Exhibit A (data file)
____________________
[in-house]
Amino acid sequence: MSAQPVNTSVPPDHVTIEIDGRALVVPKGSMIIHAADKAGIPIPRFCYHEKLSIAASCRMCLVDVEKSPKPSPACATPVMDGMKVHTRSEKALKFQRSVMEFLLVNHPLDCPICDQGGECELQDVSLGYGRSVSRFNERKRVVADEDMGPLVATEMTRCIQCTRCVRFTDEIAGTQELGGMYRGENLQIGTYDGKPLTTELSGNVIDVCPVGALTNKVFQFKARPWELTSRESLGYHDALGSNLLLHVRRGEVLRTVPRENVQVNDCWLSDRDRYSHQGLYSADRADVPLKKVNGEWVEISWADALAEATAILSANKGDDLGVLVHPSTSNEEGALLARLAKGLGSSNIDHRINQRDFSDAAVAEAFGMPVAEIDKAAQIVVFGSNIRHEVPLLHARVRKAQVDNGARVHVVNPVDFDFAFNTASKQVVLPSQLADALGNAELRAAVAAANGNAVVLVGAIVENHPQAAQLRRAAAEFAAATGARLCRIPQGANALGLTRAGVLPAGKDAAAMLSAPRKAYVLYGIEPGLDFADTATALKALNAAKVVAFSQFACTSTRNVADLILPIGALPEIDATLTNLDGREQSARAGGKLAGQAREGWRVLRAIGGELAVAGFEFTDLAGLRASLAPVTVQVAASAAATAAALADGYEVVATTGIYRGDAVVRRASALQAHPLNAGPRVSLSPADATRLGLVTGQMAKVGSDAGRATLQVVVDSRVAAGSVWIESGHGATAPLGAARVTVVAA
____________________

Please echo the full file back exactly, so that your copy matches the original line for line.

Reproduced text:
[in-house]
Amino acid sequence: MSAQPVNTSVPPDHVTIEIDGRALVVPKGSMIIHAADKAGIPIPRFCYHEKLSIAASCRMCLVDVEKSPKPSPACATPVMDGMKVHTRSEKALKFQRSVMEFLLVNHPLDCPICDQGGECELQDVSLGYGRSVSRFNERKRVVADEDMGPLVATEMTRCIQCTRCVRFTDEIAGTQELGGMYRGENLQIGTYDGKPLTTELSGNVIDVCPVGALTNKVFQFKARPWELTSRESLGYHDALGSNLLLHVRRGEVLRTVPRENVQVNDCWLSDRDRYSHQGLYSADRADVPLKKVNGEWVEISWADALAEATAILSANKGDDLGVLVHPSTSNEEGALLARLAKGLGSSNIDHRINQRDFSDAAVAEAFGMPVAEIDKAAQIVVFGSNIRHEVPLLHARVRKAQVDNGARVHVVNPVDFDFAFNTASKQVVLPSQLADALGNAELRAAVAAANGNAVVLVGAIVENHPQAAQLRRAAAEFAAATGARLCRIPQGANALGLTRAGVLPAGKDAAAMLSAPRKAYVLYGIEPGLDFADTATALKALNAAKVVAFSQFACTSTRNVADLILPIGALPEIDATLTNLDGREQSARAGGKLAGQAREGWRVLRAIGGELAVAGFEFTDLAGLRASLAPVTVQVAASAAATAAALADGYEVVATTGIYRGDAVVRRASALQAHPLNAGPRVSLSPADATRLGLVTGQMAKVGSDAGRATLQVVVDSRVAAGSVWIESGHGATAPLGAARVTVVAA